On Thursday, March 31, 1898, a few weeks after her strenuous involvement as campaign manager and fund-raiser for a lengthy strike of British engineers, Eleanor Marx instructed her maid Gerty to unwrap her favorite white dress from the tissue wrapping in which it had been packed away for winter. The dress was white muslin, a flimsy material for an English spring. In the middle of the morning she sent Gerty to the pharmacy close to her suburban south London house with a prescription for two ounces of chloroform and an eighth of an ounce of prussic acid. It was Gerty who, later in the morning, found her mistress stretched out on the bed dressed in the white muslin, mottled blue with the effects of prussic acid poisoning. Most of her friends and socialist colleagues believed she had died for hopeless love.
Hers was a death to rival that of Madam Bovary in its despairing histrionics, its intensity of passion. In fact Eleanor Marx, a fine linguist, had been commissioned in 1885 to translate Gustave Flaubert’s novel into English. Julian Barnes plays brilliantly with the parallels in a spoof exam paper invented for his book Flaubert’s Parrot:
E1 led a life of sexual irregularity….
E2 led a life of sexual irregularity….
E1 committed suicide by swallowing prussic acid.
E2 committed suicide by swallowing arsenic.
E1 was Eleanor Marx.
E2 was Emma Bovary.
The first English translation of Madame Bovary to be published was by Eleanor Marx.
Rachel Holmes’s is not the first substantial life history of Karl Marx’s youngest daughter. Both Chushichi Tsuzuki’s pioneering biography of 1967 and Yvonne Kapp’s devotedly detailed two-volume Eleanor Marx (1972 and 1976) depicted her not simply as Karl Marx’s youngest daughter, secretary, chief assistant, editor, biographer, and general keeper of the Marxist flame. Both books showed Eleanor Marx as a charismatic and influential figure in nineteenth-century international socialist politics on her own account.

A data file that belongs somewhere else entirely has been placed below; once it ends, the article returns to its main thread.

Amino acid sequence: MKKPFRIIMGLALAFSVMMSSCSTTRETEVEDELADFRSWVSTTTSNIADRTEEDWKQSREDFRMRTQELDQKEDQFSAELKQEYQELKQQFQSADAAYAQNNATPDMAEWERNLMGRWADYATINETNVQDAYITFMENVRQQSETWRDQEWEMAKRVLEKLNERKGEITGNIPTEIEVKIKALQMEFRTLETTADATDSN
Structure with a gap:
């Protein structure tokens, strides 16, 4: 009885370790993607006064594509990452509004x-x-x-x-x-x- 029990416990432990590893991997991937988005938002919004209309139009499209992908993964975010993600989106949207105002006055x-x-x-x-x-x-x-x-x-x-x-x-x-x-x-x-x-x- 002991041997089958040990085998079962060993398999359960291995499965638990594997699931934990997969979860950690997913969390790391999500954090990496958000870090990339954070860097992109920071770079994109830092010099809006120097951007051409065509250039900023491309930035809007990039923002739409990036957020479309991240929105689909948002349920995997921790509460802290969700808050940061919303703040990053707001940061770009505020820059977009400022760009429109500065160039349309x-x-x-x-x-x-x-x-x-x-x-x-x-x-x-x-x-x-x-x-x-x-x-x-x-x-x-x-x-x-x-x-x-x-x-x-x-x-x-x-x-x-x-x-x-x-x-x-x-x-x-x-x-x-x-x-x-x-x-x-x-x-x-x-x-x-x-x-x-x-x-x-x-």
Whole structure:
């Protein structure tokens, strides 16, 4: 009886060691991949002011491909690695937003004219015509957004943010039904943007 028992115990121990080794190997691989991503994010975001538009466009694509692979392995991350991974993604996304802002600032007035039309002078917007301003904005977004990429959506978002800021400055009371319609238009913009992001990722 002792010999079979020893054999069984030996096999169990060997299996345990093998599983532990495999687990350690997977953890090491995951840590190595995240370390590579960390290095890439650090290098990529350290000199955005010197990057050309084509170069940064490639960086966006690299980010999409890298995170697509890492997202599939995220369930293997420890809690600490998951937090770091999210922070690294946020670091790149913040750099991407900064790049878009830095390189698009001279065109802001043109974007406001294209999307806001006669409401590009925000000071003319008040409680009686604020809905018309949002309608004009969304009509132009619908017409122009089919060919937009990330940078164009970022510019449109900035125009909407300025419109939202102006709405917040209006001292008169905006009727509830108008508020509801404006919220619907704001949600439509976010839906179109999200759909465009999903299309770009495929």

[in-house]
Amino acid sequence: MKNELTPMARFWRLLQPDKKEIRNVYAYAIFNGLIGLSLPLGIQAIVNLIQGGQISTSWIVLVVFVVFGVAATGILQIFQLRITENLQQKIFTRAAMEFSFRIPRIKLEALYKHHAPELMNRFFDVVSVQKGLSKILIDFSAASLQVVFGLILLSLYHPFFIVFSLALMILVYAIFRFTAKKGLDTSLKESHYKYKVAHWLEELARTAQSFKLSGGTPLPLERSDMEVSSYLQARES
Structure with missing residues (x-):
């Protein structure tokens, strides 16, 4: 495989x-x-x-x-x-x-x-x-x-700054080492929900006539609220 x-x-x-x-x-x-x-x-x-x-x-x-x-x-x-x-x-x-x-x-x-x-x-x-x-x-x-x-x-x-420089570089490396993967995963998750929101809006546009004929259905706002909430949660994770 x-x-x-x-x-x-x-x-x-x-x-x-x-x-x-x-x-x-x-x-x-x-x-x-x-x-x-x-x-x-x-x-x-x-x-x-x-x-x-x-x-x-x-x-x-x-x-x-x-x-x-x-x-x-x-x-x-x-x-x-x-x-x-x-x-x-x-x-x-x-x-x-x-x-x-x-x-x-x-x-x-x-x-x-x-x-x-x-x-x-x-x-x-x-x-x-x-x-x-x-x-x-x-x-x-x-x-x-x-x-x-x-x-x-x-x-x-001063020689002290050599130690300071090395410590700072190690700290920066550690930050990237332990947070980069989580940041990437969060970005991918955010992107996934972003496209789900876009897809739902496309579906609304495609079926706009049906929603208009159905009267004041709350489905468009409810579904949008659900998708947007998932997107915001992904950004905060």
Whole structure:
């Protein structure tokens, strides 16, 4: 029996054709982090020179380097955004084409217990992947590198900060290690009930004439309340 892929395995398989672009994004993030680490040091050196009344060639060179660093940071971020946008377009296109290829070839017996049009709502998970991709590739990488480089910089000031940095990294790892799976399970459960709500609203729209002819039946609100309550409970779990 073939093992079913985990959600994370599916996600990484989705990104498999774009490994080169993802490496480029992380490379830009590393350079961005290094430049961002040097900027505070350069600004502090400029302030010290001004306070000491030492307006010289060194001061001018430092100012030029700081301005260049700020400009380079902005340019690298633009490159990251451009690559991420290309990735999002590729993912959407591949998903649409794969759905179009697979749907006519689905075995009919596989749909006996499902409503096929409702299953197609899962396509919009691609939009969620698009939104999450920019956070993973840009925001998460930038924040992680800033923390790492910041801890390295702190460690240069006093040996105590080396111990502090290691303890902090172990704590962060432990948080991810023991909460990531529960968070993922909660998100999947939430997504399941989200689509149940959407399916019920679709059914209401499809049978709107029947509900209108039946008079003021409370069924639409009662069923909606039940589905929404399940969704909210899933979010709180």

Nor is Holmes the only writer to address the glaring contradictions in the splendor of the life of the political activist and feminist and the final suburban pathos of her death. The feminist historian Sheila Rowbotham as far back as 1982, in a fine introduction to The Daughters of Karl Marx, a collection of the family’s correspondence, pointed out the “disjuncture between the public Eleanor, the brilliant and hard-headed socialist writer, speaker and organizer, and the private Eleanor” whose political loyalties, sexual needs, and indeed protective Jewish maternal instincts bound her to a socialist comrade lover, Edward Aveling, a confidence trickster and a womanizer on an epic scale. This is the disjuncture followed through by Rachel Holmes in her large and unashamedly partisan biography.
Eleanor Marx tumbles prematurely into the world in London at the moment before dawn on Tuesday 16 January 1855. Puffing…
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